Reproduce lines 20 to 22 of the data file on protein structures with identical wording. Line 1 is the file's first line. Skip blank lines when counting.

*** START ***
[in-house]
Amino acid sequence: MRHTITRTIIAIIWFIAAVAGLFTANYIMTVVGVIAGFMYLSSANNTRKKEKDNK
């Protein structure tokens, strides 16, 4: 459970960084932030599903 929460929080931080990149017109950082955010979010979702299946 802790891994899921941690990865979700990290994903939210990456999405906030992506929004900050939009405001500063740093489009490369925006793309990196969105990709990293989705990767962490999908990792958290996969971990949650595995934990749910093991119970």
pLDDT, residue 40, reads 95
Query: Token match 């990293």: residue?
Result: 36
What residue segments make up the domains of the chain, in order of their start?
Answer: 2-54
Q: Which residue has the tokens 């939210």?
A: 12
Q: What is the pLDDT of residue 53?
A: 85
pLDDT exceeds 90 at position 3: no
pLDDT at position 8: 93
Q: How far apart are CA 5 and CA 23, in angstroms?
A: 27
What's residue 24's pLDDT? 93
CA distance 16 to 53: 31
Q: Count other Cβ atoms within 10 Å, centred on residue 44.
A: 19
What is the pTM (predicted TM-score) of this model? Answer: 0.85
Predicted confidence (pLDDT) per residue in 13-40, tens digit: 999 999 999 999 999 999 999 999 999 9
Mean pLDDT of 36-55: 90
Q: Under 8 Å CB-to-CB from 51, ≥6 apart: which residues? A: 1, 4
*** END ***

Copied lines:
A: 19
What is the pTM (predicted TM-score) of this model? Answer: 0.85
Predicted confidence (pLDDT) per residue in 13-40, tens digit: 999 999 999 999 999 999 999 999 999 9